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British Future projects next polls to elect most diverse UK Parliament ever, but more action needed

British Future projects next polls to elect most diverse UK Parliament ever, but more action needed
Courtesy: Travelpix Ltd | Stone Via Getty Images

Ethnic minority representation in the UK Parliament is set to rise from 10 per cent to around 12 per cent after the next general election – expected in the second half of this year – regardless of the political outcome, finds a new projection by diversity think tank British Future.

The ‘Diversity in the next Parliament’ analysis finds that the main parties having selected roughly around nine-tenths of their candidates for winnable target constituencies and early retirement seats. This indicates that the number of ethnic minority members of Parliament, including British Indians, is set to increase from 65 to at least 75, and even as many as 83. However, even though there is much to celebrate in a “new cross-party norm of ethnic diversity in British politics”, the diversity figure is still below the 15 per cent mark required in order to keep pace with the diversity of the country’s electorate.

Sunder Katwala, Director of British Future, said: “The next Parliament will be the most diverse ever, reflecting a new norm across political parties. More ethnic minorities and more women are likely to sit in the Commons than ever before. Parliament is gradually catching up with the electorate that it represents.

“But this needs to accelerate further if it is to keep pace with the growing diversity of our society and close the gender gap. Despite progress, parties could miss a 2024 opportunity to surf the wave of a ‘big change’ election and bring new gains for representation.

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“While the Labour Party is still well ahead of its rivals on gender and minority representation, advances could stall this time round. For the first time, the cohort of incoming Labour MPs could be less diverse than the current PLP [Parliamentary Labour Party]. That could still be addressed by further selections this year. And in the longer term, Parliament and political parties should collect data on ethnicity and social class, to track representation, identify gaps and ensure all groups are getting a fair chance.”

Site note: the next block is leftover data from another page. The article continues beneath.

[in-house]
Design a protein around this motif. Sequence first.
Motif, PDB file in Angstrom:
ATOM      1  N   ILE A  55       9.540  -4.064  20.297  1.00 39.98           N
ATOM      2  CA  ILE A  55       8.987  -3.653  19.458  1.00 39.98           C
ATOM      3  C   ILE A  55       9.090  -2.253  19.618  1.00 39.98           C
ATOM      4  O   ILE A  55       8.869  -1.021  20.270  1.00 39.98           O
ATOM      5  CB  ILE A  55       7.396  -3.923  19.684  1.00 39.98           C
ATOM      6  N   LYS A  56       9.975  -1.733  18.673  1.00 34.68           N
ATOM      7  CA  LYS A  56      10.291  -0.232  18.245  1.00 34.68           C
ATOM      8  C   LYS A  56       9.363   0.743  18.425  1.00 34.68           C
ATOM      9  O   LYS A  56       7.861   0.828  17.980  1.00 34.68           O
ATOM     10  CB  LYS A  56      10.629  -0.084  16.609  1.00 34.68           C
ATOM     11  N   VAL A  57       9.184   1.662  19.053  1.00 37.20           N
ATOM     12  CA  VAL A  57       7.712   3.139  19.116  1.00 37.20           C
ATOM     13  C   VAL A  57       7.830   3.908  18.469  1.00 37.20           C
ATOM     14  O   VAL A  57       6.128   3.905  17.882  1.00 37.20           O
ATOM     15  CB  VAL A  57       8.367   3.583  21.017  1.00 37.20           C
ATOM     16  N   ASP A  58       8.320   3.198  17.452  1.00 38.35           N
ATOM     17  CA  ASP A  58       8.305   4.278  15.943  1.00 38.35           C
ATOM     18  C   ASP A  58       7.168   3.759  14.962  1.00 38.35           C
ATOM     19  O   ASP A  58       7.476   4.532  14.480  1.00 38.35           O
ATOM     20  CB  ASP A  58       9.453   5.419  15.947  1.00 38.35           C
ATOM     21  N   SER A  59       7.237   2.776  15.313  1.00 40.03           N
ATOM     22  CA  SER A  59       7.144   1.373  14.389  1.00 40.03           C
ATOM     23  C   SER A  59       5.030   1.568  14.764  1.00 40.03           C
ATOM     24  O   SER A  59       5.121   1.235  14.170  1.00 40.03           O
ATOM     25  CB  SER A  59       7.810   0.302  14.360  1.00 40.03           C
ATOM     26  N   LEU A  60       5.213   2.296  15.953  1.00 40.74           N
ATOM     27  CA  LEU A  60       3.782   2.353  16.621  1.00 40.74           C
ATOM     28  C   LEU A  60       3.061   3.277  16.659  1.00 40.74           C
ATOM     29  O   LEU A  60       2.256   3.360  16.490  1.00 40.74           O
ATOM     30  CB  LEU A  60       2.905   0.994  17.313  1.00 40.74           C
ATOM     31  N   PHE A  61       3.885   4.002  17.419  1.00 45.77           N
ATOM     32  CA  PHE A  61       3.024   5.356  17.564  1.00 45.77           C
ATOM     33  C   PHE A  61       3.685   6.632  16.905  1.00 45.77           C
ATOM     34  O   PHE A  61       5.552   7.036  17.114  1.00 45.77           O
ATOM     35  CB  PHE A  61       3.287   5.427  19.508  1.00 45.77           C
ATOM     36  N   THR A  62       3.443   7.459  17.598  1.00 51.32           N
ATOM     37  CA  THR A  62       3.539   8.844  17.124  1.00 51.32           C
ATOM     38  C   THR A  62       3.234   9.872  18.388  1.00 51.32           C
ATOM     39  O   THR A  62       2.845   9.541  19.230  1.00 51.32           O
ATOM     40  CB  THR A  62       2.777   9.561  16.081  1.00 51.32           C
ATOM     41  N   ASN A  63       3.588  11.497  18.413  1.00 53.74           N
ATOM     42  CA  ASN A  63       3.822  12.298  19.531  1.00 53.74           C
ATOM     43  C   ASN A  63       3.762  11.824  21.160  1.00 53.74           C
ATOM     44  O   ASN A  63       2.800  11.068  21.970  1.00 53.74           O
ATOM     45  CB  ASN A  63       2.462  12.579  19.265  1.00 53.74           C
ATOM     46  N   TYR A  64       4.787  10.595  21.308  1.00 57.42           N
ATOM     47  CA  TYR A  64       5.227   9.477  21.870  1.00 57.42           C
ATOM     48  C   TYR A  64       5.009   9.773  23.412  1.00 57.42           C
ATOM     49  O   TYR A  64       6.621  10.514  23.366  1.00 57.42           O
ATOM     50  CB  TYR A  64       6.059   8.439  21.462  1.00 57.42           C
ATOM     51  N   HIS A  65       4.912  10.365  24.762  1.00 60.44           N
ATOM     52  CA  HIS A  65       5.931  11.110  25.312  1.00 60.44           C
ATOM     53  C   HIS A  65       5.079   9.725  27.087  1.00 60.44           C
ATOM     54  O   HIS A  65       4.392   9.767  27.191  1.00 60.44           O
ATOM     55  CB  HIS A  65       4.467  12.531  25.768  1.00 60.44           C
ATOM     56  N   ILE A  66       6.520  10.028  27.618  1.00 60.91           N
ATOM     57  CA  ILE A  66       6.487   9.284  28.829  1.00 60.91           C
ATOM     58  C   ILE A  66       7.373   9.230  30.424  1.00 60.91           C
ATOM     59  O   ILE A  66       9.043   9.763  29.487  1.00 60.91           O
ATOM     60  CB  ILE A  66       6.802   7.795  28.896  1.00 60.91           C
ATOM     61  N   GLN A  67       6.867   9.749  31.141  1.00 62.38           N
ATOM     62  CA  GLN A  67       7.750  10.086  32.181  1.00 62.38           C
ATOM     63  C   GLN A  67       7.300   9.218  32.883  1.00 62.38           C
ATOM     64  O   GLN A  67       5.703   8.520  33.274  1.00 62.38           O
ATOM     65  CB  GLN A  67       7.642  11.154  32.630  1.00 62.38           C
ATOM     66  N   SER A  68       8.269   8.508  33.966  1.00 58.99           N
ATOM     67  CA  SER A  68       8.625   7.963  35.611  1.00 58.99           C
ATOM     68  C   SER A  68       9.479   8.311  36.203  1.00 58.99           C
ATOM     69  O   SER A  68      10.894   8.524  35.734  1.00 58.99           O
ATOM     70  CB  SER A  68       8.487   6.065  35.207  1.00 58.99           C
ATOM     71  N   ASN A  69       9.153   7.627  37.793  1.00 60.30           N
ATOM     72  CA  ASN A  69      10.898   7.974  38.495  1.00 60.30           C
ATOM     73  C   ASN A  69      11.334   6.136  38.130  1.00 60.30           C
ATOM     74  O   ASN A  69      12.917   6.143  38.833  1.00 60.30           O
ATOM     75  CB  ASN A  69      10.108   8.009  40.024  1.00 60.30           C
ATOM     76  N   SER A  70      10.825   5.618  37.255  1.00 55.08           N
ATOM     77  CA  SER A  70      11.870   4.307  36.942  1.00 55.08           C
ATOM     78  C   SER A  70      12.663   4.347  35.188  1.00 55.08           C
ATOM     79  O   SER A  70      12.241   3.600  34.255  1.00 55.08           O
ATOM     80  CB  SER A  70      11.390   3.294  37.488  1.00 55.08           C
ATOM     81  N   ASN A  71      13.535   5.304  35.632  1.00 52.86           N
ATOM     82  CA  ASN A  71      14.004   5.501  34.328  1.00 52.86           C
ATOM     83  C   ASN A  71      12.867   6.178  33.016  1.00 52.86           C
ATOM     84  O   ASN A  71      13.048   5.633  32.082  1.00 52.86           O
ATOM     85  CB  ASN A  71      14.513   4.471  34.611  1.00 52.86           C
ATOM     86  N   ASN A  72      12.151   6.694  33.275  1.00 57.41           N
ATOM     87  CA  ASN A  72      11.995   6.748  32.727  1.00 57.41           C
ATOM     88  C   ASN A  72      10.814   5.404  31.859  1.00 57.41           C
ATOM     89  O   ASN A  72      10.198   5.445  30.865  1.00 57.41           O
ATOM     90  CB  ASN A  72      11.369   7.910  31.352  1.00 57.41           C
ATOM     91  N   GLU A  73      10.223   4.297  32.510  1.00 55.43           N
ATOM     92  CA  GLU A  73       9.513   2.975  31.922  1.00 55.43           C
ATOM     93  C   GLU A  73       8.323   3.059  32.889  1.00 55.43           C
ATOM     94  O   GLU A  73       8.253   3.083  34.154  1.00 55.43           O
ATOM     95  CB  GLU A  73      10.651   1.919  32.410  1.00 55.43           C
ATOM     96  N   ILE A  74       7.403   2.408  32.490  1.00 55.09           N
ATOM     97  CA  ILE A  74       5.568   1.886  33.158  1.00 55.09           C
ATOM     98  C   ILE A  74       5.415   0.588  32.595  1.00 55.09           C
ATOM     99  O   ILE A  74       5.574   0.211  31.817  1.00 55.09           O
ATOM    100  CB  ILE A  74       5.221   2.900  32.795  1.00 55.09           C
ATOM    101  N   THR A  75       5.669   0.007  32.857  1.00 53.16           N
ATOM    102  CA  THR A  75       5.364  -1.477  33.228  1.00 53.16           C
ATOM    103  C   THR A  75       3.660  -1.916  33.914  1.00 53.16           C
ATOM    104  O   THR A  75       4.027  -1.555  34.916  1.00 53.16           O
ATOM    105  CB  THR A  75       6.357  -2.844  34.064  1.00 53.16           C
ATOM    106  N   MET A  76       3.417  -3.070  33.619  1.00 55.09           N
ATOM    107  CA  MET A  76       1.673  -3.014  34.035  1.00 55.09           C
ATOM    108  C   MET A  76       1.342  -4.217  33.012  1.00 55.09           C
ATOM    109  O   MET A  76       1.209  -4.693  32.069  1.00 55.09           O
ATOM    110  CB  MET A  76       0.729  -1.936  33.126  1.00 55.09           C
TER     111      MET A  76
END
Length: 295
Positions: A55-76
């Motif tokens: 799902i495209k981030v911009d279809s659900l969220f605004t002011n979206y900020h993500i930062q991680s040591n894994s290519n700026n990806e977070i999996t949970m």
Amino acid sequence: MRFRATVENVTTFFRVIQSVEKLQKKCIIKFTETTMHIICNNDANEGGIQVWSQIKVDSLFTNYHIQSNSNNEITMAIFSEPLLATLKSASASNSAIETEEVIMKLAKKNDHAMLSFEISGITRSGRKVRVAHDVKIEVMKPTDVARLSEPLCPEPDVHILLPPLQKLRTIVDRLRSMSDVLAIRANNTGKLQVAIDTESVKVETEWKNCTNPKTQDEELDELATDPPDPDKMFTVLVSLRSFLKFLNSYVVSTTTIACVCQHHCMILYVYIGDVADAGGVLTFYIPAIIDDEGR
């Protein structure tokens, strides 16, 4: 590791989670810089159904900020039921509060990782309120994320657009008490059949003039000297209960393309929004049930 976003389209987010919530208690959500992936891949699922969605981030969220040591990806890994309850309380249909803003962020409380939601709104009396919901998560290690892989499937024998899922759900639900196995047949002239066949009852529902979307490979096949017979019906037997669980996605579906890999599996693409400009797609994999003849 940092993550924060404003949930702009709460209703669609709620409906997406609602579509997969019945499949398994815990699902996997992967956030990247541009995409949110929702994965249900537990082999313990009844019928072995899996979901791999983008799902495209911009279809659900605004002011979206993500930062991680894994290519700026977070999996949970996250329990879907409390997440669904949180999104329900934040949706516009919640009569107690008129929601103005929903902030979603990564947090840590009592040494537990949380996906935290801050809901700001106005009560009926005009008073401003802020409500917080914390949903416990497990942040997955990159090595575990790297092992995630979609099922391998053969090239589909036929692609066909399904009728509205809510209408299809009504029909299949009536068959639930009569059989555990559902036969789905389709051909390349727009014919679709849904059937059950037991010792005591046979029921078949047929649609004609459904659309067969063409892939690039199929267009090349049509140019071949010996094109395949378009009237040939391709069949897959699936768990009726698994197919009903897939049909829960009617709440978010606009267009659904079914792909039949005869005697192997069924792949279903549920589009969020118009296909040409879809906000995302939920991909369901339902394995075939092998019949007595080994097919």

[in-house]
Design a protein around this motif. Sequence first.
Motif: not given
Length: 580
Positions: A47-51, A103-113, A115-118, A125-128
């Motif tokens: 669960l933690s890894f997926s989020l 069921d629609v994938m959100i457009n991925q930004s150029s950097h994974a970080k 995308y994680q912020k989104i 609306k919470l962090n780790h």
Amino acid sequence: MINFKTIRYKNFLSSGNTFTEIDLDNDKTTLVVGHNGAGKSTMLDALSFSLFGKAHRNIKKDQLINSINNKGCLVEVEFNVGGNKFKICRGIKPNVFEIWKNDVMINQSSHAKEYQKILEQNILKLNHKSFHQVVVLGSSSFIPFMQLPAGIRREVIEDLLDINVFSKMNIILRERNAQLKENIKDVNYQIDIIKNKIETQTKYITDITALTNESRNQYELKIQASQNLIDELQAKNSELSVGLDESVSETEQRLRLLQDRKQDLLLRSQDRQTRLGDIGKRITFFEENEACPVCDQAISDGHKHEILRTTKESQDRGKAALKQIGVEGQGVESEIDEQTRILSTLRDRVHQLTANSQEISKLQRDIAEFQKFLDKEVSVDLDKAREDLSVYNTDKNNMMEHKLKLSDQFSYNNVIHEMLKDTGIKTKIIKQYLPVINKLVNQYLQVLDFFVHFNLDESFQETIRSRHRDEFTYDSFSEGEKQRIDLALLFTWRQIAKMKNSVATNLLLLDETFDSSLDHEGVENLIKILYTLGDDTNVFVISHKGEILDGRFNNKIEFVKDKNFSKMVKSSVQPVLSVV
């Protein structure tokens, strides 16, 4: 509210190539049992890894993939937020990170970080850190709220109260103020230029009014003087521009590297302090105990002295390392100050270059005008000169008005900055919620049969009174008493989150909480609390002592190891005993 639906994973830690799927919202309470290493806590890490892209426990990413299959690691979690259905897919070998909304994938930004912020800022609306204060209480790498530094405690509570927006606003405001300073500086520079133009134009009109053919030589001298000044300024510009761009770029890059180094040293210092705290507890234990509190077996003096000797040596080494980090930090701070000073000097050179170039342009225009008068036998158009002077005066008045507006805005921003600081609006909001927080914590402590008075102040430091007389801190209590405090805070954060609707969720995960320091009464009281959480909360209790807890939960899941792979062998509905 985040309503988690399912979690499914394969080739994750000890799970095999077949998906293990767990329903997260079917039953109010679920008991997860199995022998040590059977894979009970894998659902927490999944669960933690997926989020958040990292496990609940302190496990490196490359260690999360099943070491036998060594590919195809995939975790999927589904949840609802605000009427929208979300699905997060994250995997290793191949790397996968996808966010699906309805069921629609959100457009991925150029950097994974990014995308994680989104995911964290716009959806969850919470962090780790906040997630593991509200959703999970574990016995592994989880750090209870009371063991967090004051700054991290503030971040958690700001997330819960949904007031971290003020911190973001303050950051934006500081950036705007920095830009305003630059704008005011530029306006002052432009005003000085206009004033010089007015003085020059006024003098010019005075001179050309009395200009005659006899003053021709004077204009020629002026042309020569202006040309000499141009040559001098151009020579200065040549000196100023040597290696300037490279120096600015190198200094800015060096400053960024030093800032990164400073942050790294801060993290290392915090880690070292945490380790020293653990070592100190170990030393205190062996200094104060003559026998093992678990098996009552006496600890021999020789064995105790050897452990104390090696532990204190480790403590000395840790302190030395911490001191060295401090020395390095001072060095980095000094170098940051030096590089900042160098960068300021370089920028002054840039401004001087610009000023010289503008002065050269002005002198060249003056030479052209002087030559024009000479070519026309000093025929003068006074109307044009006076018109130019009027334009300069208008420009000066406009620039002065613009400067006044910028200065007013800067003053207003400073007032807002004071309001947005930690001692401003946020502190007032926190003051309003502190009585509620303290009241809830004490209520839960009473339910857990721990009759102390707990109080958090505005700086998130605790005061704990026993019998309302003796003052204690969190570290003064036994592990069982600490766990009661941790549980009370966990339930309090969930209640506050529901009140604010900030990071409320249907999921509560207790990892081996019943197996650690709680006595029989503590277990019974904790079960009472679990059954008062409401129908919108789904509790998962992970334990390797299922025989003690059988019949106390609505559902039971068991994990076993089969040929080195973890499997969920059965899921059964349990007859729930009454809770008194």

According to the analysis, the Opposition Labour is set to have by far the largest number of ethnic minority MPs – projected to be 55 if the party wins an overall majority, compared to around 21 Conservatives. The 2019 election saw 66 ethnic minority members of Parliament elected to the Commons, including British Indian MPs, and indeed went on to give the UK its first Prime Minister of Indian heritage in Rishi Sunak after political upheavals hastened his predecessors’ terms.

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British Future welcomes the “diversity milestone” of 2019, as for the first time 10 per cent of MPs were from an ethnic minority background, and declares that record looks set to be surpassed once again later this year.

However, it cautions that an opportunity for more significant change may be missed. The 2024 general election is likely to be a “big change” election – one of the three general elections of the last half-century with the biggest turnover of MPs.

“A high turnover of MPs has the potential to accelerate progress towards greater ethnic diversity and gender balance. But this could be diluted by a lower proportion of female and ethnic minority candidates being selected this time around, across most parties,” it warns.

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The selection rate of women has fallen in the Conservative, Labour and Lib Dem party selections in this Parliament – with more than six in ten “Class of 2024” candidates being male in all three parties.

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